The Inquirer-Home

Toshiba master plan unveiled

Involves sticking it to Sony
Wed Jul 30 2008, 16:47

SOME PEOPLE have been speculating about Toshiba’s so-called Super-Resolution Technology (SRT) and the “DVD Download DL” logo that has come up recently, as Tosh had registered this with the DVD Forum at their last Steering Committee.

We cornered a Toshiba suit at an event this morning and managed to extract some choice quotes about what’s Tosh’s strategy for this market in the near future, how SRT fits in and what the heck is DVD Download DL.

So here’s the low-down. SRT technology is what we all expected: a SpursEngine stuck in a DVD player that upscales your DVD resolution to something close to (but not quite) 1080p – similar to that Qosmio G55 proposition. The untrained eye is unlikely to tell the difference between this and 1080p HD. We’ve seen some of the upscaling demos and they are quite a bit better than your standard DVD.

For the vast majority of consumers with huge DVD libraries, this would be a Godsend. For those currently investing in Blu-ray, you’ll feel a bit more than annoyed, as you’ve been buying up Blu-ray discs at a premium and… lo and behold, here comes DVD again.

So what’s DVD Download DL? Well, according to our source, “DVD Download DL is about bringing additional movie features that DVD users would see in HD-DVDs, to the DVD player”. In essence, adding value to your pre-existing DVD collection by giving it content from HD discs. Yes. This means that Toshiba will release (Christmas 2008 in Japan is a good guess) an SRT-enabled, web-connected, DVD player that will automatically download extras according to the movie you’re playing. “We believe the future is the internet connection piping down movies to your home” added Mr. Anonymous.

Toshiba is also sponsoring development of the oh-so-important software/middleware that will support the SpursEngine consumer scene – and that would include the SpursEngine Developer’s Forum 2008, that started this Monday – most notable (and recent) of which is CRI Middleware’s deal to create a framework for other developers to… err… develop their own solutions.

So Tosh’s master plan is two-fold. First, they undermine the entire proposition of Blu-ray (and Blu-ray disc sales in particular), and then they skip the format war entirely and dump the whole thing down your fat internet connection. As you can imagine, details are sketchy as to how this will be done. There are a lot of questions to which answers aren’t set in stone at the moment. “We’ll continue to bet on DVD”, said the grinning chappie.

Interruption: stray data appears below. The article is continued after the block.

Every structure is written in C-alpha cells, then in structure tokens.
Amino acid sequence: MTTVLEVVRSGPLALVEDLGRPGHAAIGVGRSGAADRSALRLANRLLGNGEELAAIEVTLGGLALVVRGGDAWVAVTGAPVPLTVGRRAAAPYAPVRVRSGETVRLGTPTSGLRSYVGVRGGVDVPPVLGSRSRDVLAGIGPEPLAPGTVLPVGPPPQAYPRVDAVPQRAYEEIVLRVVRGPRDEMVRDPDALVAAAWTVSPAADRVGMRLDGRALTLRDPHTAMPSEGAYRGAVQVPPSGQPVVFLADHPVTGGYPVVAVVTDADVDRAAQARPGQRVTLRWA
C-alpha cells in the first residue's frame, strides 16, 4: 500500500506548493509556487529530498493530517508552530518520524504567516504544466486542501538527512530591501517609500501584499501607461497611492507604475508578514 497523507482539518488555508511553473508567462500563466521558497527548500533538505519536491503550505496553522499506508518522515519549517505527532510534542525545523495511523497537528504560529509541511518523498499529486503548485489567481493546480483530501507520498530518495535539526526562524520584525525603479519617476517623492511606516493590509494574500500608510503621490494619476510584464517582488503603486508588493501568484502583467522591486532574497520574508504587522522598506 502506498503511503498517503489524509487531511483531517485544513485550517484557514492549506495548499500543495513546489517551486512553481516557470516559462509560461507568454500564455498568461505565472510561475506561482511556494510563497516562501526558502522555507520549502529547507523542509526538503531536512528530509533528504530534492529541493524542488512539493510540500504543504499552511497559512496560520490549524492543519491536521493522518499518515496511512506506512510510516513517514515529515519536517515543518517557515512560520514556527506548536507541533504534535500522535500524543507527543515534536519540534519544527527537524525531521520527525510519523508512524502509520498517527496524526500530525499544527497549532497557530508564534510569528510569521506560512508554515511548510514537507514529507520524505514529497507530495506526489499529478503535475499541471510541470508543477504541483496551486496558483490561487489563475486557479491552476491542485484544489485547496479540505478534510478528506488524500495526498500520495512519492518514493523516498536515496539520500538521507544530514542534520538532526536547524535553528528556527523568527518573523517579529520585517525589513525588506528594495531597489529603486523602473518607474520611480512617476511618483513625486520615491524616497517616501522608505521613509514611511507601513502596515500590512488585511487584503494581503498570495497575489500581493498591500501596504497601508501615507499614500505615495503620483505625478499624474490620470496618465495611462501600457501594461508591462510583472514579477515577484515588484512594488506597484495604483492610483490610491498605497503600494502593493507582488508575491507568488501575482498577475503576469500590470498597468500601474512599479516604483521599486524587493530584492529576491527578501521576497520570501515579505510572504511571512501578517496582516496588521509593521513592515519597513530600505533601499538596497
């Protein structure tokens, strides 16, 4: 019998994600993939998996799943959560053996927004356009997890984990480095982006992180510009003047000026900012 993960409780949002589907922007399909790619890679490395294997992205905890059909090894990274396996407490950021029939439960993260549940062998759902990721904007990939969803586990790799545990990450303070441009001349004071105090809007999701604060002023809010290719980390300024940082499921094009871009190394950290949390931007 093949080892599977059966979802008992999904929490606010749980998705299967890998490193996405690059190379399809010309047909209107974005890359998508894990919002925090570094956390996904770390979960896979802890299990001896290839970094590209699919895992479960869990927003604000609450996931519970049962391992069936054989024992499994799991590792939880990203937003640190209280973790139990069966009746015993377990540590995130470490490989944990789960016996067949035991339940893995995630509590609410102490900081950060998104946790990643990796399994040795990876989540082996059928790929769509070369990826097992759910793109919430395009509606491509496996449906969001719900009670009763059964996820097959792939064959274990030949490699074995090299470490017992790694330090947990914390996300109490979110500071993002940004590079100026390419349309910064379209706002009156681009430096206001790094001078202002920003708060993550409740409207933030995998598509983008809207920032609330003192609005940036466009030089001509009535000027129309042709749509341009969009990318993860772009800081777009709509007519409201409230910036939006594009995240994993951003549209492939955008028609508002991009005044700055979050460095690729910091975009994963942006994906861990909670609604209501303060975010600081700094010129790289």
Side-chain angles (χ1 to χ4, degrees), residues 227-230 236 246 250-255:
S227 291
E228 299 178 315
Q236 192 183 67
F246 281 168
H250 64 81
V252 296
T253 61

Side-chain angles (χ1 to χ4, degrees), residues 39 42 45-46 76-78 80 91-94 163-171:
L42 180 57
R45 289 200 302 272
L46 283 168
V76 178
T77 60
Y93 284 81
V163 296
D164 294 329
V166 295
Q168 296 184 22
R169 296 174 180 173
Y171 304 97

There are a lot of kinks to work out in this plan: regions are a problem, as content differs from region to region, and sometimes even within the same region; On the retail end of business, outside of Japan, Toshiba consumer electronics isn't exactly the first brand you’re looking at to buy as a DVD player; and then comes all the legal/licensing red tape and studio involvement that means getting those extra features to the consumer (ripping them off new Blu-ray discs would be good for starters).

Locally, we hear that Toshiba will be converging its laptop and CE businesses in order to make this possible. This is Europe, you see, and Toshiba isn't a huge player in the CE business. Leveraging it with the laptop business might give it the edge.

Parallel to all this, Toshiba is also striking deals within the PC market to license their SpursEngine technology as a hardware encoding/decoding solution for video editing pros. Leadtek, which presented their SpursEngine-based video editing card at Computex 2008, is one example, but we’re sure there are a lot more to come.

We don’t expect Sony to sit idly by while Toshiba flanks it this hard – Sony also has access to the CBE and is already selling its own cut-down video processing engine. How hard could it be to flip the firmware on the PS3 to do the same upscaling pony trick, even at the expense of Blu-ray sales?

The worst that can happen is this brings down pricing on the Blu-ray faster than Sony’s official marketing plan, meaning the consumer ends up winning all-round.

A big thanks goes out to Nick Trakosas who pointed out the SRT news in the press and fed me some links on the matter. µ

 

Share this:

blog comments powered by Disqus
Advertisement
Subscribe to INQ newsletters

Sign up for INQbot – a weekly roundup of the best from the INQ

Advertisement
INQ Poll

Heartbleed bug discovered in OpenSSL

Have you reacted to Heartbleed?